A portion of the old camino real, now a dirt road, passes near Santa Rosa, beginning in the village of San Agustín, beyond Dulce Nombre de Copán. From here you can walk over the crest of the mountains down to Santa Rita, near Copán Ruinas, in a day. It’s also fairly easy to catch a jalón on a passing pickup truck along the scenic road, which comes out by Hacienda El Jaral, just north of Santa Rita.
Near the camino real, on the south side, close to the highest point in the road, is the privately owned Monte Quetzal, a 1,900-meter mountain with dense cedar forest and plenty of its avian namesakes flitting among the trees. On the top of Monte Quetzal is a lush fern forest. An old mine, abandoned in 1965, can be explored up to 200 meters into the hillside. Max Elvir of Lenca Travel knows the owner and can arrange trips there for US$25 a day per person for a small group.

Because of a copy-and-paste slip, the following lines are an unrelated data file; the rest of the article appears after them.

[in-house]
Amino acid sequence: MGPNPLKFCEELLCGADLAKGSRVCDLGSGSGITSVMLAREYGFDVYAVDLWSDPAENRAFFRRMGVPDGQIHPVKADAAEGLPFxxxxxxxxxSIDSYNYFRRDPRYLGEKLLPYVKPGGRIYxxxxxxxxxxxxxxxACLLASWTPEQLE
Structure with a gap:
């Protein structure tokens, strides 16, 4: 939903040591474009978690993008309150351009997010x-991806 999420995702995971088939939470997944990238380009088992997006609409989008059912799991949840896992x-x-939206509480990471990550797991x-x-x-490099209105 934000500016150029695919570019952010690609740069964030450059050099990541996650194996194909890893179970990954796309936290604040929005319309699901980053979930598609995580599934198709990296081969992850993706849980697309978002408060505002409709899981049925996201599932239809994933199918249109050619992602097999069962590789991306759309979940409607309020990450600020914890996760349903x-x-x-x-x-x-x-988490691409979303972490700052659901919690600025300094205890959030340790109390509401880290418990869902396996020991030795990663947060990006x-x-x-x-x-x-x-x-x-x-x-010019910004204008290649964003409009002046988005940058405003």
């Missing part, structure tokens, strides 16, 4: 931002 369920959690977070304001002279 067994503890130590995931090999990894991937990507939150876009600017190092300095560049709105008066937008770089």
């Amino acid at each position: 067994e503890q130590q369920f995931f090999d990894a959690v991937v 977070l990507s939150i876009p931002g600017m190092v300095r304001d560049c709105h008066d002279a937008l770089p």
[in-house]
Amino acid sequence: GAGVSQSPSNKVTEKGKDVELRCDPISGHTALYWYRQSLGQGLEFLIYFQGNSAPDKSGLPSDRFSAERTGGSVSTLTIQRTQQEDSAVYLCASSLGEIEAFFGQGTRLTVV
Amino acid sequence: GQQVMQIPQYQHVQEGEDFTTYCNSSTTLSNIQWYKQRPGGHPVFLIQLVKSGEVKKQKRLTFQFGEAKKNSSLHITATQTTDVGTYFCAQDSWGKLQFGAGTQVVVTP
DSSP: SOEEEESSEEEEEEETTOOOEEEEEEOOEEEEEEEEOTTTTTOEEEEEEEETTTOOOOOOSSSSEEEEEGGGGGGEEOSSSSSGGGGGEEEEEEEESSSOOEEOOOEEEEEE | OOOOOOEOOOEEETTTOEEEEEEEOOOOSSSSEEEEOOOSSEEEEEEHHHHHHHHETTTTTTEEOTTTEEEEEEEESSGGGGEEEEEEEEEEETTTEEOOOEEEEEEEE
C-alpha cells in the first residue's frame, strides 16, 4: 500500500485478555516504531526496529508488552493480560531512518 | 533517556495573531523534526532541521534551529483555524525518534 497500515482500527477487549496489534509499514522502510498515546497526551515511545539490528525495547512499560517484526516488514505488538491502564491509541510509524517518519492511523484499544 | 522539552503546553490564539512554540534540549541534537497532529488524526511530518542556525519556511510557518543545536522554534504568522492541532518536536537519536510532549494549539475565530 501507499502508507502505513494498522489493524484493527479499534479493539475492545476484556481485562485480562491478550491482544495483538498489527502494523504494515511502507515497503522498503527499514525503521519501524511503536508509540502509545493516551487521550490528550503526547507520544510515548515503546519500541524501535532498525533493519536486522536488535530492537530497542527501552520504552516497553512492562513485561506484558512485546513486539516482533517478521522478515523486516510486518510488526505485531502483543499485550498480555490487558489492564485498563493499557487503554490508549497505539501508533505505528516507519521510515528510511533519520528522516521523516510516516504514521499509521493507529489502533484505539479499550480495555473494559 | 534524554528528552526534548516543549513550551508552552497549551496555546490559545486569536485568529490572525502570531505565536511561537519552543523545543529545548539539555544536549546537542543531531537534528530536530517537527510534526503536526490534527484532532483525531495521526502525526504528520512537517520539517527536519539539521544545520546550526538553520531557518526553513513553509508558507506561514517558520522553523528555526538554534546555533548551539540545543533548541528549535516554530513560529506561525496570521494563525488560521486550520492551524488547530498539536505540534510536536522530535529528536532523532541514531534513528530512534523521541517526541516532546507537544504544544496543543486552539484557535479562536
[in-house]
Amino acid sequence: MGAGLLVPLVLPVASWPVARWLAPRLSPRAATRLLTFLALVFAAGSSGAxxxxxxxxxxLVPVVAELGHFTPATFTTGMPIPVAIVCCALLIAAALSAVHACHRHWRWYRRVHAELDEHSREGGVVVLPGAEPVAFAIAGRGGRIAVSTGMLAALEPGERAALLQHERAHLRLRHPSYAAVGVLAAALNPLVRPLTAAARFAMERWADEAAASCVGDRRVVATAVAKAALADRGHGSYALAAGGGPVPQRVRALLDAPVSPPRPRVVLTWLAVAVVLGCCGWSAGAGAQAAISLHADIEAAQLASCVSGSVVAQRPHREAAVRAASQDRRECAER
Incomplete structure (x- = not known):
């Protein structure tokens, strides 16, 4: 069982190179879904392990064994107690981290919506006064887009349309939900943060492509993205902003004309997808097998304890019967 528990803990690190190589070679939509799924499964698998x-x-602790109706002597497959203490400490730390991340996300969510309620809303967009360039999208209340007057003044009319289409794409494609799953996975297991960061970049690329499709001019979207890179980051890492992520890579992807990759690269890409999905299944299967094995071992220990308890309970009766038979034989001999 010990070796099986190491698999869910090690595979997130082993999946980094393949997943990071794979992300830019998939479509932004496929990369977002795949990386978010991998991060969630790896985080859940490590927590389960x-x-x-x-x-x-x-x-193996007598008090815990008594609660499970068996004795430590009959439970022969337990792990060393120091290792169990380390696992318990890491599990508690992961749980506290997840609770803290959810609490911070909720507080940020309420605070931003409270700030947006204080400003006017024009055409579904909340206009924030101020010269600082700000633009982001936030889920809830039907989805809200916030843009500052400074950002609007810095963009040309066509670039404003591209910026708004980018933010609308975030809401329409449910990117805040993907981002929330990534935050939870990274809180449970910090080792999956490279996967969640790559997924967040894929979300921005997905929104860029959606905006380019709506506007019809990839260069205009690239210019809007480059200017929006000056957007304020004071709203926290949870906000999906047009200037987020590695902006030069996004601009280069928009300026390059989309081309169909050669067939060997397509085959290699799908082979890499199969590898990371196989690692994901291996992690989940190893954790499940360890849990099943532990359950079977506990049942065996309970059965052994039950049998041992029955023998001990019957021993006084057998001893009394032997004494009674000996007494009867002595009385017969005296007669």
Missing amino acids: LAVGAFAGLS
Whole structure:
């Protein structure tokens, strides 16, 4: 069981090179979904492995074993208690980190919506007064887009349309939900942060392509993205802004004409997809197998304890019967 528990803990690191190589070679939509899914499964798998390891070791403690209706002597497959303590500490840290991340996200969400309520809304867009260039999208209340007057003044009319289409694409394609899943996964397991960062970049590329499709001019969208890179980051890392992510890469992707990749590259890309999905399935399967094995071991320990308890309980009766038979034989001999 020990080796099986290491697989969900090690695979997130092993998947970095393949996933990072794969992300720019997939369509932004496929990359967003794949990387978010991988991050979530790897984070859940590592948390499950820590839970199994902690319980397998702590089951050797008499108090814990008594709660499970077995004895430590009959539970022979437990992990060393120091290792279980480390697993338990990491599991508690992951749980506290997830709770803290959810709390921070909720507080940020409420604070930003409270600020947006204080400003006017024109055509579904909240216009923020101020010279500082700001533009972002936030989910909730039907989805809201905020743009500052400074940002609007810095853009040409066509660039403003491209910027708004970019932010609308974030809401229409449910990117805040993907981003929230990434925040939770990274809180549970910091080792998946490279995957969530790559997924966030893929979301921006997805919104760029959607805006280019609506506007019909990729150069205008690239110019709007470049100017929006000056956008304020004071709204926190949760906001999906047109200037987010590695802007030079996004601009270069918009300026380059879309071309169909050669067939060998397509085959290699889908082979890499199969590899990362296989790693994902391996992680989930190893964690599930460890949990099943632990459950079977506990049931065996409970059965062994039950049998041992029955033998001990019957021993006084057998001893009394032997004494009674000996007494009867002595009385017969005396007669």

Although Monte Quetzal is rich with its namesake birds, quetzals are notoriously difficult to spot, but with a bit of luck and patience, you just might see the long-tailed bird. Easier to spot are the countless centennial trees, including cedar, liquidambar (American sweet gum), oak, and calabash.
© Chris Humphrey and Amy E. Robertson from Moon Honduras, 5th Edition